Hôtel Hannon: Hôtel de maitre built in 1903-1904 by the Belgian architect Jules Bunfaut for Édouard Hannon, an engineer and an intellectual of that time. The Hannon family lived here until 1965. During the 80s it was completely renovated and today it houses the Contretype Photography Museum, which also has photographs of Édouard Hannon. 

Avenue de la Jonction, 1. Open from Wednesday to Friday from 11 to 18.00h and weekends from 13 to 18.00h. The admission fee is 3 euros. Tram 81, 97 (stop Janson), 92 (stop Ma Campagne) and bus 54 (stop Ma Campagne). 

Restaurante La porteuse d'eau: It is an Brussels old-fashioned brasserie located in a beautiful Art Nouveau building. 

Avenue Jean Volders, 48. Open from 11 to 21.00h and weekends until 23.00h. You can take the buses 136 and 137 and trams 3, 4 or 51 (all stopping at Porte de Hal). 


Hôtel Tassel: It is a very remarkable work of Art Nouveau and Horta style in Brussels and one of the first ones the architect designed, in this case for his friend Émile Tassel, professor at the Free University of Brussels. The building, which was completed in 1893 and was declared in 2000 a UNESCO World Heritage Site, houses today a law firm, and this is the reason why it is closed to visitors. 

Rue Paul-Émile Janson, 6. Trams 93 and 94 (stop Defacqz or Bailli). 

Hôtel Solvey: Built between 1895 and 1903 by Victor Horta for the Belgian industrialist Armand Solvey, who gave him total freedom to develop his creativity without budget limits. The family Solvey stood out as sponsors of artists from that time, especially of the Art Nouveau movement. Also declared as a World Heritage Site, it is now owned by a private entity, so visits are only possible in group reservations. 

Avenue Louise, 224. Trams 93 and 94 (stop Bailli). 

Hôtel Ciamberlani: This house was made for the Symbolist painter Albert Ciamberlani by architect Paul Hankar in 1897.  Its symmetry, circular windows and sgraffito are remarkable elements in the building. Its restoration was finished in 2009. It is currently a private space that you can visit only with group reservations.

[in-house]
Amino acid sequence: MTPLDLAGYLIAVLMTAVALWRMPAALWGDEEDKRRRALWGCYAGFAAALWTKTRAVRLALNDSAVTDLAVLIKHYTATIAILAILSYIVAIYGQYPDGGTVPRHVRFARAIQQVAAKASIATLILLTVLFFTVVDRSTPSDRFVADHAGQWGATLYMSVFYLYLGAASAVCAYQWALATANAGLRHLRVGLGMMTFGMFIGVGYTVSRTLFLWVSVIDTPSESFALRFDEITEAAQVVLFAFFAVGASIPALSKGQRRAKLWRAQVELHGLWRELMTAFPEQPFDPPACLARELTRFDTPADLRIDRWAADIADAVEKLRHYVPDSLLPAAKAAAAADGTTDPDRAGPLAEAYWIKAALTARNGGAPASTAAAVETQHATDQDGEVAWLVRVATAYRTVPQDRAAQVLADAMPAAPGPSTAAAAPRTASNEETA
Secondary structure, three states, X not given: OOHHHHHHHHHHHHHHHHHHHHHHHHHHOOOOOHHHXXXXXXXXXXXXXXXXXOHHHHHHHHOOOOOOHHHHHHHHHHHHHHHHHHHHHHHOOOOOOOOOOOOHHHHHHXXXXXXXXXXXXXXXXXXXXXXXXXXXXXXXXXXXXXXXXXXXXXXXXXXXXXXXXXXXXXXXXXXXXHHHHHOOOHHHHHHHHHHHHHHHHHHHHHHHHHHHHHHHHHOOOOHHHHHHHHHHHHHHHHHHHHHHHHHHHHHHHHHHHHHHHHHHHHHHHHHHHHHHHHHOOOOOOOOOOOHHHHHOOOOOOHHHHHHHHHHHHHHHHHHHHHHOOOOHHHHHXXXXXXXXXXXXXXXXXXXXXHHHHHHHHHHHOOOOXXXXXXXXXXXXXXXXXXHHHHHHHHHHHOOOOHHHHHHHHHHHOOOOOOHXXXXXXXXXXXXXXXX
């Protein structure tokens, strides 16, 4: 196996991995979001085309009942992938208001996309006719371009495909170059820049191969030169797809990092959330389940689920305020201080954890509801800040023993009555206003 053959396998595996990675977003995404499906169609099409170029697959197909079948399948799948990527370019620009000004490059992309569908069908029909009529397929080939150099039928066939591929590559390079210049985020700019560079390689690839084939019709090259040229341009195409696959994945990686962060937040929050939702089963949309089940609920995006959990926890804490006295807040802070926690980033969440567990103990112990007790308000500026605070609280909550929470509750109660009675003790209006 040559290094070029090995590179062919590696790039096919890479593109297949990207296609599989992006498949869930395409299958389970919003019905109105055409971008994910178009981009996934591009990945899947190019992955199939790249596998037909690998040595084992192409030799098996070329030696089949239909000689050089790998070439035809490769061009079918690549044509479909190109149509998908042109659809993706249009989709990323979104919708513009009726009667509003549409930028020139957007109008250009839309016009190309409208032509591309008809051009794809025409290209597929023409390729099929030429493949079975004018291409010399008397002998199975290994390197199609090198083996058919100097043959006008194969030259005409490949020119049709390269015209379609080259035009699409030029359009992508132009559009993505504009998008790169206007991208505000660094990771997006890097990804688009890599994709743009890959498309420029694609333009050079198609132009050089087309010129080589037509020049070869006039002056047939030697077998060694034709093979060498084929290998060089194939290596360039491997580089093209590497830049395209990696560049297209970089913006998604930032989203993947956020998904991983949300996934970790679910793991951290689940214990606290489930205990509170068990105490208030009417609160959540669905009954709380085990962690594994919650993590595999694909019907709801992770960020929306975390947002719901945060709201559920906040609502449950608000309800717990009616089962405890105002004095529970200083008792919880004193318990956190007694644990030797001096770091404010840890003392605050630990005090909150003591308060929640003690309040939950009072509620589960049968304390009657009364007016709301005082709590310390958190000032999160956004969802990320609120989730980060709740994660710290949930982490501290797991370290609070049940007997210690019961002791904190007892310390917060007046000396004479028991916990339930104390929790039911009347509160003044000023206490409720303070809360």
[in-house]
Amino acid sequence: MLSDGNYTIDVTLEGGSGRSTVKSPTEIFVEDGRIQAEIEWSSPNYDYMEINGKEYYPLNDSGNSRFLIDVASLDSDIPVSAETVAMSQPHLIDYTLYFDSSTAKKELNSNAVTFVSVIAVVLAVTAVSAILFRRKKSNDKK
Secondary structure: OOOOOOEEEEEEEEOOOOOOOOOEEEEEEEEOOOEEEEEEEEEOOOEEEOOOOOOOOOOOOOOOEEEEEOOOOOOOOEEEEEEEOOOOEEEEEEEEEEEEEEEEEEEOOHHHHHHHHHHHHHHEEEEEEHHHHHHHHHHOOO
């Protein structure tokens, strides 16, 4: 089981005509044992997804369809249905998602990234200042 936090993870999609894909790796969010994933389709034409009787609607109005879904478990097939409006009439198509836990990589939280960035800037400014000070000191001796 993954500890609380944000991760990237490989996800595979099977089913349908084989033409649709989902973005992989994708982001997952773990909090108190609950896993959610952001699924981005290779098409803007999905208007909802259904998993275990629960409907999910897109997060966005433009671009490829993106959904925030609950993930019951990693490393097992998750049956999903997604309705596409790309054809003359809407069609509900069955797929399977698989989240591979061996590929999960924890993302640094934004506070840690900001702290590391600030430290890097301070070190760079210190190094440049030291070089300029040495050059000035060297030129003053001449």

Rue Defacqz, 48. Trams 93 and 94 (stop Defacqz).  


The Museum of Musical Instruments: The ancient Old England department store, built by architect Paul Saintenoy in 1899, houses today one of the largest musical instruments museums in the world, with over 8,000 pieces. It is one of the most spectacular Art Nouveau buildings in Brussels, which also features an impressive rooftop restaurant situated on the top floor, where access is for free. 

Montagne de la Cour, 2 (Mont des Arts). Open from Tuesday to Friday from 9:30 to 17.00h. During the weekend it opens half an hour later. Admission is 12 euros for adults, seniors 9 euros and students 2 euros. You can get there on buses 38, 71, 27 and 95 (stop Royale) and trams 92 and 93 (stop Royale). 

The Brussels Comic Museum: It is located in a building designed by Victor Horta, built in 1906 for Waucquez stores. It became a museum in 1989. It chronicles the history of the Belgian comic from the early twentieth century to the present day, with celebrities such as Tintin, the Smurfs, Lucky Luke; and artists like Hergé. It also has a nice brasserie. 

Rue de Sables, 20. Open from Tuesday to Sunday from 10 to 18.00h. Admission is 8 euros for adults and 6 euros for seniors. Easy access by tram (92 and 93), or by metro, lines 2 and 3 (all of them stopping at Botanique). 

Falstaff and Le Cirio Restaurants: Two fine examples of Art Nouveau in Brussels on both sides of the Bourse building. The first was built in 1903 by E. Houbion. The famous Brasserie Le Cirio, frequented by iconic Brussels inhabitants like Jacques Brel, was built earlier and it was restored in 1909 by Henri Coosemans. 

Falstaff, Rue Henri Maus 17-19. Open from 11 to 2.00h. Trams 3, 4, 31 and 32 (stop Bourse) 

Le Cirio, Rue de la Bourse 18-20. Open from 10 to 00.00h. Trams 3, 4, 31 and 32 (stop Bourse).


Maison Cauchie: It was built by artist and illustrator Paul Cauchie as his private residence in 1905. It is a beautiful Art Nouveau work in which Cauchie, famous for his sgraffito, used the building’s façade as an advertising panel for his talent and for that of his wife.

Rue de Francs, 5. Open the first weekend of each month from 10 to 13.00h and from 14 to 17.30h. During the summer months, it is also open on Tuesdays from 18 to 21.00h . Admission is 5 euros. You can access by metro, lines 1 and 2, trams 81 and 83, and buses 22, 27, 61 and 80 (all of them  stopping at Merode).